MH: I have been working with Guido for 2 or 3 months a year for 6 years now, during fashion week. This year we were doing 51 shows in a month. You know it’s going to be pretty stressful, so you prepare for it. Louis Vuitton always has the biggest amount of models- 60 or 70 girls- and it is always on the last day with Mui Mui and Lanvin. Two seasons ago, the reference was 70’s, so all the models were in afros. For this we had to hand-stitch 5 wigs together to make each one, so 350 wigs over 2 days! At the same time we were making fins out of wire for the Alexander McQueen show. That was the hardest season, every spare minute outside of working was spent sewing wigs and doughnuts. But now that hair style is synonymous with one of McQueen’s biggest shows, which is amazing.
Doing a perfect haircut at 4 in the morning when you’ve had four hours sleep isn’t easy, but you have no choice. It’s your opportunity to do your thing, and show everyone what you can do.
M1: As well as fashion, you have done an impressive amount work within the music industry, from the likes of Kings of Leon to Kate Nash. Is this something you would like to do more of?
MH: I’ve done a lot of music work, but this isn’t really something I want to pursue. How I got into it was all a bit of luck, I met a girl called Kinga who was doing a lot of music videos, and went on to work as her hairdresser on set for people like Kate Nash, Mystery Jets, The Teenagers, Calvin Harris and La Roux. I always got on well with the artists, and they would ask me to do other stuff afterwards. When Lady Hawk was first coming onto the scene I cut her hair, and have been doing it ever since. Fashion takes longer to get into. You have to have the portfolio to get the work, so it’s a bit of a catch 22. Whilst I was building mine I was always doing tests and assisting.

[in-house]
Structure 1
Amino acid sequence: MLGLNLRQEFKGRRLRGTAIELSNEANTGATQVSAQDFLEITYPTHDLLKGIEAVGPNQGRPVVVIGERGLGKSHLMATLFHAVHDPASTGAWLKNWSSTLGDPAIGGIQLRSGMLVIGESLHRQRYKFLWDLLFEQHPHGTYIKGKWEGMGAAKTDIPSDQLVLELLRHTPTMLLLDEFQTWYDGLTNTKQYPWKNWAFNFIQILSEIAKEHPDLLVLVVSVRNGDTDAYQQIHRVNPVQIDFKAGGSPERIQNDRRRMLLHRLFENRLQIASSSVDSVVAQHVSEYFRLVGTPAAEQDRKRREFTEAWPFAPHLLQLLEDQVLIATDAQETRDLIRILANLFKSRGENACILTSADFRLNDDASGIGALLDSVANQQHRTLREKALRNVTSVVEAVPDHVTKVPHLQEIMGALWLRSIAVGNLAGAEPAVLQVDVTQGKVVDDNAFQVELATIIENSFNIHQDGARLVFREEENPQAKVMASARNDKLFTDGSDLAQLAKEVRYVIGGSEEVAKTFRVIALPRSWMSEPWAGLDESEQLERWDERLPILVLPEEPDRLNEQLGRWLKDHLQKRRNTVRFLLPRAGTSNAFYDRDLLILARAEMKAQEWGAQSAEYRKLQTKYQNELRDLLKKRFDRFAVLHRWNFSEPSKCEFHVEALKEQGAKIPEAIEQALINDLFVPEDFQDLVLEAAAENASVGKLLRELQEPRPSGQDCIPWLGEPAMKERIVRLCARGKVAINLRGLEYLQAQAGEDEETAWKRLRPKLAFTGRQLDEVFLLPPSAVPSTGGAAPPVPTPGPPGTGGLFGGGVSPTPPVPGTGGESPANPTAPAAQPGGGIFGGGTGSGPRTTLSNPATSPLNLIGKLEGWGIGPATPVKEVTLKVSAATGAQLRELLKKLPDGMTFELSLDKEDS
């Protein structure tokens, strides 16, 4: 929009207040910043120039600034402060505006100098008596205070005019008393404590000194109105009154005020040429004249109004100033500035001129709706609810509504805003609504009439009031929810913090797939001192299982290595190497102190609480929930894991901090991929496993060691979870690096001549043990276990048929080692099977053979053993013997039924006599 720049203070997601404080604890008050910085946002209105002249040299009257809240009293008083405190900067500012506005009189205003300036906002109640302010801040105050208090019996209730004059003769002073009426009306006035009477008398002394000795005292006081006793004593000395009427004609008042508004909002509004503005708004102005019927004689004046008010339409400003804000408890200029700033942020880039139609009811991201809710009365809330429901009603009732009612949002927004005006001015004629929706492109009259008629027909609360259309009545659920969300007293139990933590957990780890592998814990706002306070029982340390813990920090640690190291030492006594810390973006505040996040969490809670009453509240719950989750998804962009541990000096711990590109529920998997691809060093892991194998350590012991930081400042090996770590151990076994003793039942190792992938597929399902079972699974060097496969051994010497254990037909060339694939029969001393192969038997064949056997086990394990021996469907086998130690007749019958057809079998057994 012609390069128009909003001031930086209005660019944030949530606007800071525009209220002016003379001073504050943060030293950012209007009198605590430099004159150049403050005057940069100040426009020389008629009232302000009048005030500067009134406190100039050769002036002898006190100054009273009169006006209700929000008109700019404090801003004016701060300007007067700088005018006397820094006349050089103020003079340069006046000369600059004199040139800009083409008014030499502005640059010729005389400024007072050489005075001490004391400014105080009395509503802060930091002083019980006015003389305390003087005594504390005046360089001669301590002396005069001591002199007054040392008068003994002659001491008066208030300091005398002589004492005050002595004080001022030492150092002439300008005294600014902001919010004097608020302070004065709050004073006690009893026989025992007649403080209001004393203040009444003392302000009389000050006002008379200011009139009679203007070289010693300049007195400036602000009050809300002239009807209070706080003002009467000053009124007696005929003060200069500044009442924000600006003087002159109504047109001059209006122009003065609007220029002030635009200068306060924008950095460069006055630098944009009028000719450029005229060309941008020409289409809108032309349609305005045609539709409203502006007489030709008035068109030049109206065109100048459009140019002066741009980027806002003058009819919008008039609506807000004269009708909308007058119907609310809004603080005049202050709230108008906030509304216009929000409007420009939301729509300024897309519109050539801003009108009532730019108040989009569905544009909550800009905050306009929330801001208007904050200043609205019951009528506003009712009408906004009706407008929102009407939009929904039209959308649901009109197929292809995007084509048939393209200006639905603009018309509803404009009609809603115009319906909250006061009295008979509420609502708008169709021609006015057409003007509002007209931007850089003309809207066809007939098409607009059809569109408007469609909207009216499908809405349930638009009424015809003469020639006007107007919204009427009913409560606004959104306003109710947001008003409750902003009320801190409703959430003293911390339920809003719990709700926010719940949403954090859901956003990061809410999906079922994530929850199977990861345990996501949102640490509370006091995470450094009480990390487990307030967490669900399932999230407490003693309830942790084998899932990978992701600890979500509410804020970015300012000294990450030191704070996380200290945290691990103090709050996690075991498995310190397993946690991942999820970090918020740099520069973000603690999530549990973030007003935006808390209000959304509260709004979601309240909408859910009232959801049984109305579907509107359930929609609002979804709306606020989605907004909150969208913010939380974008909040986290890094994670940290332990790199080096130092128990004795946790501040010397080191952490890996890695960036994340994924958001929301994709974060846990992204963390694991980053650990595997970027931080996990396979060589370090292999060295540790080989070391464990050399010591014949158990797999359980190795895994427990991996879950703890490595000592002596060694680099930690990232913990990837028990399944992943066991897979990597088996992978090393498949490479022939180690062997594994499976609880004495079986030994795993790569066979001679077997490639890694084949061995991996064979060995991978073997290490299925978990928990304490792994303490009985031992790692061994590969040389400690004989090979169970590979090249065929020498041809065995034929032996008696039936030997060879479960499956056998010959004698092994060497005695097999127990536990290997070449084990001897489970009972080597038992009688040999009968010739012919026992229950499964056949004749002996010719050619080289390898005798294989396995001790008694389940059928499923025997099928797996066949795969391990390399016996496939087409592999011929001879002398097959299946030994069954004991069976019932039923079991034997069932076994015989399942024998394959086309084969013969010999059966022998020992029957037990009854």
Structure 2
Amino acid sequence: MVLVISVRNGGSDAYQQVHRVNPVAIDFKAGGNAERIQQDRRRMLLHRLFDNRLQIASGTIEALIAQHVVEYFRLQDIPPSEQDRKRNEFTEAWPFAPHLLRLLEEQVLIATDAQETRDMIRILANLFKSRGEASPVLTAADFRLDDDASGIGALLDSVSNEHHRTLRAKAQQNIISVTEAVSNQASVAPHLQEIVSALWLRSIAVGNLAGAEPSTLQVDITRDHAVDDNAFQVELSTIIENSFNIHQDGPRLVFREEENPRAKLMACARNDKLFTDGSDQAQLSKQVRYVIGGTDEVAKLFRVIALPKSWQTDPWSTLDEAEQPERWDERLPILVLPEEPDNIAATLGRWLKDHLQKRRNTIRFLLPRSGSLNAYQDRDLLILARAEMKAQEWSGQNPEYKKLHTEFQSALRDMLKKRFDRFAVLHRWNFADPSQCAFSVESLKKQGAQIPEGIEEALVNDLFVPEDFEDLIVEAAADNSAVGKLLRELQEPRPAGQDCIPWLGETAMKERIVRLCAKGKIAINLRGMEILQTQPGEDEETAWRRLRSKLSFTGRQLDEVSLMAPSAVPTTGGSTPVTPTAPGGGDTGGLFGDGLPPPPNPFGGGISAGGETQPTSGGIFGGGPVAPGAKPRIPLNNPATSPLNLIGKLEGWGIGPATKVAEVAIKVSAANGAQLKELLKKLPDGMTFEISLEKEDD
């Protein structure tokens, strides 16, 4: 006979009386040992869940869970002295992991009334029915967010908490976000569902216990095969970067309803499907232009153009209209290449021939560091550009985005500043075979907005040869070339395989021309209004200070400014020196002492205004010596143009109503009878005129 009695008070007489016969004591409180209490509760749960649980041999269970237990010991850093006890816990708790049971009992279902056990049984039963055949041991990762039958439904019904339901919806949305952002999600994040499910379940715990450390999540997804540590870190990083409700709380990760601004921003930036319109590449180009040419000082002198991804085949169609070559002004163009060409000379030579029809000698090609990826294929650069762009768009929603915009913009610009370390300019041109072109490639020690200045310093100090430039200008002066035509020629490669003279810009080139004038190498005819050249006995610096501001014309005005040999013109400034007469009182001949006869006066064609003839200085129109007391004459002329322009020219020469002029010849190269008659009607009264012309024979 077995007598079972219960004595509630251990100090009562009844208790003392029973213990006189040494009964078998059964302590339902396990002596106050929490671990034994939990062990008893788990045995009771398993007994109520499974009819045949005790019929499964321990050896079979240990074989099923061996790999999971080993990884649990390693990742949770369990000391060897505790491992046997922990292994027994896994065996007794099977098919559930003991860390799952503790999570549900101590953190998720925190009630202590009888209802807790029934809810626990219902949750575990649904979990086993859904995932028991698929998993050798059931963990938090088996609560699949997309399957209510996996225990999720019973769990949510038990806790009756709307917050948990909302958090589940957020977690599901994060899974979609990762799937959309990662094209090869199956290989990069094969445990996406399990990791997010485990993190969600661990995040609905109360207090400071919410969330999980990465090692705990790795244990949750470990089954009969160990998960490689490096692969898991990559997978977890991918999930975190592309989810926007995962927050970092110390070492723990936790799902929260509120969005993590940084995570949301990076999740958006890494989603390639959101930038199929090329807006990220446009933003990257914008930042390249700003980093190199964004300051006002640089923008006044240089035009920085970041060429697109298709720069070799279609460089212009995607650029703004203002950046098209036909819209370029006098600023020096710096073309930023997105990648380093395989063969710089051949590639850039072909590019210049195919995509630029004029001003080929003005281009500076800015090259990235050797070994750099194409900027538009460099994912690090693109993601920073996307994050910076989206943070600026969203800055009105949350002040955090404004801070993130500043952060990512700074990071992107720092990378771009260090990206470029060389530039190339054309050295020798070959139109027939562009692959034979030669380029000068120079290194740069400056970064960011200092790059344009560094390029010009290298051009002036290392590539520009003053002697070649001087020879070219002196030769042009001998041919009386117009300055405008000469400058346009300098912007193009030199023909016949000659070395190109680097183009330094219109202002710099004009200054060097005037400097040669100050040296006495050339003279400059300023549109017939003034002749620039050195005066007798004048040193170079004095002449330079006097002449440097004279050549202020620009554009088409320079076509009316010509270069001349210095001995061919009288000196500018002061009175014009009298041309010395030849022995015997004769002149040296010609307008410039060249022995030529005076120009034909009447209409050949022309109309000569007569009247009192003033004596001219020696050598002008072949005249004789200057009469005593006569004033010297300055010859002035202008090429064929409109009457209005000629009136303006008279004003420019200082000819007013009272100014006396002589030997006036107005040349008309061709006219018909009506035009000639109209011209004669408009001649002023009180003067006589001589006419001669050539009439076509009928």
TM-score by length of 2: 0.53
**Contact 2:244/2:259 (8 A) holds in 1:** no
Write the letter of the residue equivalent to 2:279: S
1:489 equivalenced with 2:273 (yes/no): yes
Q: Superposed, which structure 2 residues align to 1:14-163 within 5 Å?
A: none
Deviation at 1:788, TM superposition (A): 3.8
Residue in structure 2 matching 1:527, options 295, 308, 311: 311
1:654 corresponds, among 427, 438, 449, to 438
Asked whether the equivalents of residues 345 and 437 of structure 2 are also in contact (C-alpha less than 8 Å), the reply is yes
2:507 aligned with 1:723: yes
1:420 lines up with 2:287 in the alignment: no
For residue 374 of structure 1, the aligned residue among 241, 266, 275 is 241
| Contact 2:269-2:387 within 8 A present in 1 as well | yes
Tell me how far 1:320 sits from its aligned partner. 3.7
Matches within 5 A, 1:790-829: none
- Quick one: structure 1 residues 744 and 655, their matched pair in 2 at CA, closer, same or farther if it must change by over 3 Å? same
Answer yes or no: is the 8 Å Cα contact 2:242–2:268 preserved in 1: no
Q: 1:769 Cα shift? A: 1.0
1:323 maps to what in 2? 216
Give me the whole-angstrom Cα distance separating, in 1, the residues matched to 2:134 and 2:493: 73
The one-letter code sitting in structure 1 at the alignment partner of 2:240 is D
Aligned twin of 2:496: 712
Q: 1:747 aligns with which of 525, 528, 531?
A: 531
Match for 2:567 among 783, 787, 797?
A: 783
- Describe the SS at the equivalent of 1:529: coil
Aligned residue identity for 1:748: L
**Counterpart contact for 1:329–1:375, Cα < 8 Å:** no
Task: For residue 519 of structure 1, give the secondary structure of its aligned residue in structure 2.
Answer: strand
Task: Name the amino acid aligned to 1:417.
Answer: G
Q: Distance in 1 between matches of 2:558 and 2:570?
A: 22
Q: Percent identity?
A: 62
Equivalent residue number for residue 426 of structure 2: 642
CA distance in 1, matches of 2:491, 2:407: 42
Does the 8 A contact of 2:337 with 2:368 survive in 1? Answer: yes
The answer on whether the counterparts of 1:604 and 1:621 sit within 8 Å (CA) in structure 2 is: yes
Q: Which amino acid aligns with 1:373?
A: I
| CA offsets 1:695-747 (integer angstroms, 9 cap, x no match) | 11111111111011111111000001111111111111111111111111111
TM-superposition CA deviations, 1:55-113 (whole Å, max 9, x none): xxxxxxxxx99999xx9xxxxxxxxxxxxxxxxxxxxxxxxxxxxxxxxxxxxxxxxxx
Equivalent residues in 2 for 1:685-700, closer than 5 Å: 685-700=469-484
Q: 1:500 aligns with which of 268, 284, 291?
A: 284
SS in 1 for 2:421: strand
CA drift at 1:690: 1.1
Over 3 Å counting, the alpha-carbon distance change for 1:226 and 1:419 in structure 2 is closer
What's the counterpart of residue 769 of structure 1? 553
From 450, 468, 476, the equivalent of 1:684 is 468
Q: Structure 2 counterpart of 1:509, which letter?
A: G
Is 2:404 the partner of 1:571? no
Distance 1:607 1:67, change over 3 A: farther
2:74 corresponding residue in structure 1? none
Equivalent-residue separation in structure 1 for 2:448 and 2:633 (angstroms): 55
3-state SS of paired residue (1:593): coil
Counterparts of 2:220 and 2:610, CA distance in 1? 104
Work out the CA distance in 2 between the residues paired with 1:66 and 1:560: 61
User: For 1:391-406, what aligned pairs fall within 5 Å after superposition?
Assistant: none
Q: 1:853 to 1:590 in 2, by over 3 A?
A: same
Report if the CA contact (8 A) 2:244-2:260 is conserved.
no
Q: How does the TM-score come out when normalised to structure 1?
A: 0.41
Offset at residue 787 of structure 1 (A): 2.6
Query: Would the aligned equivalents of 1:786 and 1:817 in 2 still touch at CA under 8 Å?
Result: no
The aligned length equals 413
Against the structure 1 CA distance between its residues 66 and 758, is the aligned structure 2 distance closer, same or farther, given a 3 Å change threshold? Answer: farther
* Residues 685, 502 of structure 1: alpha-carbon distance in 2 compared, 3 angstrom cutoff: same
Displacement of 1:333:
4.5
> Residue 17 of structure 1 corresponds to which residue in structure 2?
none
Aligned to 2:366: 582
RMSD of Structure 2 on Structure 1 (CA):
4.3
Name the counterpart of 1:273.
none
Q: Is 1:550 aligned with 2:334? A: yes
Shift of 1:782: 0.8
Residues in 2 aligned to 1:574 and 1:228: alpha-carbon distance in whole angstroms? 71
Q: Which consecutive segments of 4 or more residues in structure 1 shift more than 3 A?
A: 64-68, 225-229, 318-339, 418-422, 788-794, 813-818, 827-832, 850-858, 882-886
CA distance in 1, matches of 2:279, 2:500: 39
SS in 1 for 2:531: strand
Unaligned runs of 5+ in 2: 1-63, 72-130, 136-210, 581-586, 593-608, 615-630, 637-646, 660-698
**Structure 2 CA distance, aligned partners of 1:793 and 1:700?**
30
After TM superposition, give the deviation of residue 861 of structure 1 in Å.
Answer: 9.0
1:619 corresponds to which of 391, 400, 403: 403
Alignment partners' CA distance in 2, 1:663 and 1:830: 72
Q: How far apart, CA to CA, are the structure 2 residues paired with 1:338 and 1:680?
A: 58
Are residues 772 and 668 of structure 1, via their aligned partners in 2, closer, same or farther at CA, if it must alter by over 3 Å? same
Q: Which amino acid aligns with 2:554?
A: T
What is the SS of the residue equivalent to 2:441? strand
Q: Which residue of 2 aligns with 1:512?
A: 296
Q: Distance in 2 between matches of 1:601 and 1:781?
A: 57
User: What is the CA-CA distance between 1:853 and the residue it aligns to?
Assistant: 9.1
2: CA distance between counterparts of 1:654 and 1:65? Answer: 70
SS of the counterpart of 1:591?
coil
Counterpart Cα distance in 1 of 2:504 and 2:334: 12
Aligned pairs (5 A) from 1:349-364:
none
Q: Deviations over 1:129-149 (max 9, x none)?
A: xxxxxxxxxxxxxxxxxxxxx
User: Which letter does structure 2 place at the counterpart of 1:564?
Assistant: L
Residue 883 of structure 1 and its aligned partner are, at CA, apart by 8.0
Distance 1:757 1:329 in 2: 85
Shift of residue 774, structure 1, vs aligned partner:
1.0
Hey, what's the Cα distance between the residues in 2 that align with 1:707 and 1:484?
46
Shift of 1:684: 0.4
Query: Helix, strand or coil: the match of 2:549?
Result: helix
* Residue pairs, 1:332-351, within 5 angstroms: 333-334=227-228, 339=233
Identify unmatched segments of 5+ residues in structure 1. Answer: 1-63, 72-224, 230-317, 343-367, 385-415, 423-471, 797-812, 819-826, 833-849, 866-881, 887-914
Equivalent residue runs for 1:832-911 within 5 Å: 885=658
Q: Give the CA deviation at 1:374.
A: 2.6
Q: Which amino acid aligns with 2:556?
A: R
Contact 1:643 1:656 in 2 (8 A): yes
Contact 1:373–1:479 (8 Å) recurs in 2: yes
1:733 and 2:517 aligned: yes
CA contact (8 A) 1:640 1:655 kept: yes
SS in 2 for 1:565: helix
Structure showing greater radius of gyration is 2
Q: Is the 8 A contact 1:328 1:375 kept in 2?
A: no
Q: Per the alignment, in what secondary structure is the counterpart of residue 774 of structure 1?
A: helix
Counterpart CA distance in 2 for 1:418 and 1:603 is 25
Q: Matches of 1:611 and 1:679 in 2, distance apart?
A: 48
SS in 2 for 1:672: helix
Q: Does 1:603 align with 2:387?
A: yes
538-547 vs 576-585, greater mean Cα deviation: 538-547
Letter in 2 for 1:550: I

I realised I could have done all the biggest bands in the world -The Stones, The Beatles- but if I went to Vogue they’d be like ‘great, you can do four really cool guys but can you do a clean ponytail or beautiful, avant-guard hair.’ With the artist is all about being natural. With Kings of Leon, who I have done 5 covers with, my job is to make them look like they’ve just got out of bed. If I was to take that to a big editorial they’d be impressed, but I wouldn’t get a 10 page spread from it. Now I try to find a balance. There comes a time when you need to be more ruthless, weighing up money jobs and jobs that can further your career.
M1: Are there any other aspects of fashion, or any other industry, that interest you?
MH: I have clients that do amazing stuff, like one man who does TV commercials. He did a big one recently that was filmed with colour reversal film in 8mm style. Things like that are good, and the moneys amazing. I did something for Guinness, which meant working crazy hours. It was a night shoot, 7pm to 7am for two days in a row. I’d be interested in doing more of that, but perhaps only every couple of months.
M1: What advice would you give to stylists starting out?
MH: Meet as many people as you can and socialising, even if it’s just going for a beer. For me socialising is not difficult, so I have never struggled with that. It’s important not to just look at the job you’re doing as a job, but at the bigger picture. There have been lots of situations where I have been approached for a job that perhaps isn’t that good in terms of skill, but it’s a chance to build relationships with other artists, so when opportunities come up that are a bit more adventurous, they might think about you, and try to get you on board.
M1: Who would be your ultimate dinner date?
MH: Paul Newman. He would be a bad-ass dinner date. I have a bit of a bromance crush on him. He was always made out to be a wife-beating character, but in real life he was with the same woman for 40 years. It’s amazing to be able to have those conflicting personalities, and being so convincing as a character.
To view more of Mark’s work, visit his website here